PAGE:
The number of people around the world, including children under five, who have died from malaria has been steadily declining since 2004. But the sobering news is that the number of deaths worldwide in 2010 from this disease is more than 1.24 million, almost double the figure previously estimated by the World Health Organisation (WHO) for the same year. The result was published recently in The Lancet journal. Though children under five should account for most deaths, an unexpected finding is that the proportion of older children and adults succumbing to malaria is high — “almost always more than 40 per cent.” For instance, it is 76 per cent in Asia, and 69 per cent in the case of both North America and South America. Compared with grown-up children and adults, mortality in children under five in south and Southeast Asia constitutes only a “small proportion” of the global deaths. In the case of India, in 2010, less than 5,000 younger children and 42,000 above five died. This goes against the grain of acquired resistance seen in adults living in endemic regions. While individuals of all age groups in these areas quite frequently suffer from malarial infections, younger children with naturally weaker immunity are at a greater risk of dying. Those who escape death tend to develop resistance gradually and hence are less likely to be killed later in life when infected. Hence higher mortality in adults reflects lower immunity, probably due to reduced infection during childhood. The vital message is that while continuing to focus on those below five, older children and adults cannot be ignored in any malaria protection programmes.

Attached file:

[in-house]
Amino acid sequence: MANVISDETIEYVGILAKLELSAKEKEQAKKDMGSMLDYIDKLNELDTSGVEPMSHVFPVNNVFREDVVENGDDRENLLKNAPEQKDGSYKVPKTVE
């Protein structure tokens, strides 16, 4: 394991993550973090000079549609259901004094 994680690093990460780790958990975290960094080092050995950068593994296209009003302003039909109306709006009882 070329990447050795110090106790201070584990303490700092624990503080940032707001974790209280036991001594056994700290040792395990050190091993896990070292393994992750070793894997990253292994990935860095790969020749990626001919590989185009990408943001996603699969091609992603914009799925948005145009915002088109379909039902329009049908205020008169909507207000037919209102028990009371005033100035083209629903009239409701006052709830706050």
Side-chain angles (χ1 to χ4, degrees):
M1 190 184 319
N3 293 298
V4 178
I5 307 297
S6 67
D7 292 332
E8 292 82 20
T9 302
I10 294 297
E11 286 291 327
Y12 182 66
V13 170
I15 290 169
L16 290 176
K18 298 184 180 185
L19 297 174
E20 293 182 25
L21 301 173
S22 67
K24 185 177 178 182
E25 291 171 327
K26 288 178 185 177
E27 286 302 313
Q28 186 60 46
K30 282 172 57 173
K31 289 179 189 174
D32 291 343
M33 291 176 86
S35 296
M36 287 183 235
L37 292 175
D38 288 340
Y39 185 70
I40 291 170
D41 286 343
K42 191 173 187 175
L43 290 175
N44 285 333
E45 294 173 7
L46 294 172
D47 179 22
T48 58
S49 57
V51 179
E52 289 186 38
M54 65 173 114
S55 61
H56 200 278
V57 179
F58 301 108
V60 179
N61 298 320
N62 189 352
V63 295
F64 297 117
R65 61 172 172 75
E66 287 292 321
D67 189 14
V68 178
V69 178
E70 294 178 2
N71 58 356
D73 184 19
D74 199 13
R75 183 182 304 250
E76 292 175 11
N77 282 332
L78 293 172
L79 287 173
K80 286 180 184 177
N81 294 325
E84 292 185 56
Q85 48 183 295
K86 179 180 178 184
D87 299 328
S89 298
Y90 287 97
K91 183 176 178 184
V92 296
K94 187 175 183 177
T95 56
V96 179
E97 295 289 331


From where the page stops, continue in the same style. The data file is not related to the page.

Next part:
The research has a limitation. Part of the data used comes from less reliable verbal autopsies — where the probable cause of death is inferred based on interviews with the family of a deceased person. But researchers are often compelled to use verbal autopsies as many developing countries, India included, do not have national registries that have highly reliable and robust data of the cause of death. Hence the true scale and distribution of several diseases is never known. This not only hampers research, but greatly affects policy-building process and funding priorities. India cannot complain, and has only itself to blame, when policies and guidelines drawn by global agencies like the WHO ignore the ground reality. After all, the WHO uses sketchy data available in research papers and undependable figures recorded in registries. It is time India realised that the first step to prevent and control diseases is by having a proper registration system in place to record the cause of all deaths.